U-area landlords band together

Eric Swanson

A group of University-area landlords has started an organization to combat what they see as unfair discrimination.

The University Concerned Landlords Association is a group of between 25 and 50 property owners who believe they are being wrongly targeted by city and neighborhood officials, according to the association’s lawyers.

Patrick Burns, one of the association’s attorneys, said the city neighborhood officials “try to harass landlords by going after minor violations.”

Neighborhood leaders denied discriminating against landlords, but they did – along with students – express some optimism about the new association’s potential to improve communication.

Landlords participating in the group declined to speak because they fear retaliation from city and neighborhood groups. They deferred questions about the association to its lawyers.

Burns said neighborhood associations are using violations unrelated to safety to create problems for landlords, which will inevitably raise costs for landlords and student-renters.

“There was a fire where three students died,” Burns said. “Some people blame the landlords when, in fact, it wasn’t the landlord’s fault.”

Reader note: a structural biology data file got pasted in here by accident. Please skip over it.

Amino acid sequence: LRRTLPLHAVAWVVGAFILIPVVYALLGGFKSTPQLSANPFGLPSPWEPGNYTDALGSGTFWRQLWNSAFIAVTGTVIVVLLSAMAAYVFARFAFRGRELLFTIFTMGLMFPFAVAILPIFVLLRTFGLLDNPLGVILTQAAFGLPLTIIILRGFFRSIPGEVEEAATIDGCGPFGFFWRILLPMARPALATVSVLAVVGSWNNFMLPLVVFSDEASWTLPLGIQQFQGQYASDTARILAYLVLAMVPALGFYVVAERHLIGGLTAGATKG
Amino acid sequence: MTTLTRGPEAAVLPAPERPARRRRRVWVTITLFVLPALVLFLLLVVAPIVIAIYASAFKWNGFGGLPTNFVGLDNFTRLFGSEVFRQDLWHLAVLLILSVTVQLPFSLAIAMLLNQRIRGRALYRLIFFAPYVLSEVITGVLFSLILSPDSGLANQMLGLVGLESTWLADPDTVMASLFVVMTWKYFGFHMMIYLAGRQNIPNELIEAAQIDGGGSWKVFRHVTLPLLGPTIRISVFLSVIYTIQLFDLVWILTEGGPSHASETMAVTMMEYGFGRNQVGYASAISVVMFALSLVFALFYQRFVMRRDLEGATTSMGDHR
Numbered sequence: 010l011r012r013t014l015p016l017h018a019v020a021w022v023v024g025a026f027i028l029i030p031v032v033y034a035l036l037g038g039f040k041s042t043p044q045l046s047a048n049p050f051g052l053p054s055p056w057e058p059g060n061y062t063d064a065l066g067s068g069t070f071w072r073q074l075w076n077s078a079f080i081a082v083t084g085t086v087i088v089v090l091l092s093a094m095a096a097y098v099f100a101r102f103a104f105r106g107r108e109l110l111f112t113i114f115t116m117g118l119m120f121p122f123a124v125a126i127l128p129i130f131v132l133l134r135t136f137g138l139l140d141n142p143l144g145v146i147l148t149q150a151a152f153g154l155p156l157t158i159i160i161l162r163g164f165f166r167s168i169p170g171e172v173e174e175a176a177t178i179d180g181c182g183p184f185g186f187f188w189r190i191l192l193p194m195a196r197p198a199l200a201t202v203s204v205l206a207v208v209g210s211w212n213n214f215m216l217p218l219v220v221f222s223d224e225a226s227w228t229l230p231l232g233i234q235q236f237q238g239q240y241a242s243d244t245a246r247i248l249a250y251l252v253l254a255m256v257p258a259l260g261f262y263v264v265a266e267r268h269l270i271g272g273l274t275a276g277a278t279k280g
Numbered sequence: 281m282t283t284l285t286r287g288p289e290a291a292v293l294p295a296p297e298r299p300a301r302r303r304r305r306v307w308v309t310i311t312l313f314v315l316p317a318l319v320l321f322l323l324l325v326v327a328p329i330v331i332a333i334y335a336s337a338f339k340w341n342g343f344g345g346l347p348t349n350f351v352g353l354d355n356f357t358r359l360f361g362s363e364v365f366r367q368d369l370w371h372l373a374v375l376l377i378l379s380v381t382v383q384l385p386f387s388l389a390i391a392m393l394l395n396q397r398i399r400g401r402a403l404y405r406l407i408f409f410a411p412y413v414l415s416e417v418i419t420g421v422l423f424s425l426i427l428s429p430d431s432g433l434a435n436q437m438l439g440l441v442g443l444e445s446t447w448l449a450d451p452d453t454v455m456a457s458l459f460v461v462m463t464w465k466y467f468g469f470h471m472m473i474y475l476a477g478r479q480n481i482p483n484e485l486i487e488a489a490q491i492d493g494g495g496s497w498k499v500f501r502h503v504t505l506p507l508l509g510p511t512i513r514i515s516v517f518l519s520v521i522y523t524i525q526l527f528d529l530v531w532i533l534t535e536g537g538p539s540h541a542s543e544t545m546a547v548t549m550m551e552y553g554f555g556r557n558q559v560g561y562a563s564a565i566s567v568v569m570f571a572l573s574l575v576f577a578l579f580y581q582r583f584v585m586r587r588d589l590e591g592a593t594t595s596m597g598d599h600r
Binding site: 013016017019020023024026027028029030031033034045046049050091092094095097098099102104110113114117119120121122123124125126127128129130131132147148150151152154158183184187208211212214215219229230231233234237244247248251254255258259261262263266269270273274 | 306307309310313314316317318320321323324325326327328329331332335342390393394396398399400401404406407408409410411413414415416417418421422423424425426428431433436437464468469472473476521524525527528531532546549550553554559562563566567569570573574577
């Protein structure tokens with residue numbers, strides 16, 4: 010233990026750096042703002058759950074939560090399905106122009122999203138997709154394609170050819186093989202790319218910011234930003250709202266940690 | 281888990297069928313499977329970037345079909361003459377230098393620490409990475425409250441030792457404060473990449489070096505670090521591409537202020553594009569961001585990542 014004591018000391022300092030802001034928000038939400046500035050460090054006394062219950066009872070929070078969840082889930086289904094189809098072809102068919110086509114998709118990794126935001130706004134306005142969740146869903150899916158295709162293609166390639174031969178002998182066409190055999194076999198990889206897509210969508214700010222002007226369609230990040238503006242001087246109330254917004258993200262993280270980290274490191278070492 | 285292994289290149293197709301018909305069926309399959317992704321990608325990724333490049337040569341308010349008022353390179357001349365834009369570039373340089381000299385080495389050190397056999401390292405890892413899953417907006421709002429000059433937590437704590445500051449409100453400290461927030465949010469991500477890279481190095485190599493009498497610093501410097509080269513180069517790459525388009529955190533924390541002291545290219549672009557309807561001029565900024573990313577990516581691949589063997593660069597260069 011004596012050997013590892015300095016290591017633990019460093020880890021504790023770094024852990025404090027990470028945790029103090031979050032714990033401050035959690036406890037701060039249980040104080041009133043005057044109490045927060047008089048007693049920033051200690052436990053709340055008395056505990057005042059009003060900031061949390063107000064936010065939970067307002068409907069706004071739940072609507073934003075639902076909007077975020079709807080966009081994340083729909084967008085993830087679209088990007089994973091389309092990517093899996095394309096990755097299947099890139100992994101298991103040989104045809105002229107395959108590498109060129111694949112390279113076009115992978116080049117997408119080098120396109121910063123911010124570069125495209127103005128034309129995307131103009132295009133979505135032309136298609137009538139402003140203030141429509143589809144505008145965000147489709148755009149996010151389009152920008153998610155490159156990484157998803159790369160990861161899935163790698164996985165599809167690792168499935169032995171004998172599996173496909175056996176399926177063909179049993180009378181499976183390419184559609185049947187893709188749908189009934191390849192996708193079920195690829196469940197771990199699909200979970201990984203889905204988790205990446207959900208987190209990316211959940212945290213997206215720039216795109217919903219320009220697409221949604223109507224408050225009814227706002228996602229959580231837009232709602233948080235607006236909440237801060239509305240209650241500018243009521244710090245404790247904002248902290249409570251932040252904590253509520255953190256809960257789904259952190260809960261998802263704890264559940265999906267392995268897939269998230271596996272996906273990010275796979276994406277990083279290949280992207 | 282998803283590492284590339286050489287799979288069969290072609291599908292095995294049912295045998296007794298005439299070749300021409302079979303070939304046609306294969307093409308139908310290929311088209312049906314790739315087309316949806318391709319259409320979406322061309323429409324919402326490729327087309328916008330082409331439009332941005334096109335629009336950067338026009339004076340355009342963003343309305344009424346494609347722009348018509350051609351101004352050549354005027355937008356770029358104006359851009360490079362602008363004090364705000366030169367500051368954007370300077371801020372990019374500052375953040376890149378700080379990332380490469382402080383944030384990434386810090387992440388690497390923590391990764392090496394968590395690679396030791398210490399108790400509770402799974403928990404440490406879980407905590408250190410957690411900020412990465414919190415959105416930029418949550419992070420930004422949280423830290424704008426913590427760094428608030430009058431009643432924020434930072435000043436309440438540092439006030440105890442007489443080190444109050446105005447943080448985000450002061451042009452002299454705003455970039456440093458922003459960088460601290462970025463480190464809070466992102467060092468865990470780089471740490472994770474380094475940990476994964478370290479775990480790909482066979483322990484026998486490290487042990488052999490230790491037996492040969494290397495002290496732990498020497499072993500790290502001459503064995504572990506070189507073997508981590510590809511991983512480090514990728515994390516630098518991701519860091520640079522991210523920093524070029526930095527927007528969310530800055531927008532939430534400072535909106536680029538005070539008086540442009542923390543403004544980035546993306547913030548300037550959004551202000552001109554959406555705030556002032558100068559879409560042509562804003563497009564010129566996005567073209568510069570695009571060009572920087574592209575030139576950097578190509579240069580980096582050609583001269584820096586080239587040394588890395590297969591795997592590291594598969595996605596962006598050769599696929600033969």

According to Minneapolis city code, housing violations could be a piece of trash in the yard or too many cars in the driveway.

“Safety has nothing to do with the zoning and code violation laws,” Burns said. “We need to construct a positive plan to bring about change in the city’s zoning ordinances and the attitude toward landowners.”

At the group’s first meeting, members elected officers and created bylaws. Burns declined to release the list of officers or bylaws and could not elaborate on the association’s plans.

Minneapolis City Council member Paul Zerby, 2nd Ward, said he believes the group will not be helpful if its membership remains cloaked.

City and neighborhood association officials said they knew little or nothing about the landlord association.

Marcy-Holmes Neighborhood Association members said they do what is necessary to help uphold city laws, but they have never tried to target landlords or student-renters.

Southeast Como Improvement Association member Bill Dane said he heard the group is trying to represent student rights, but he knew few details.

“It is the first time I have heard of landlords concerned for the rights of students,” Dane said. “Maybe something good could come out of that group.”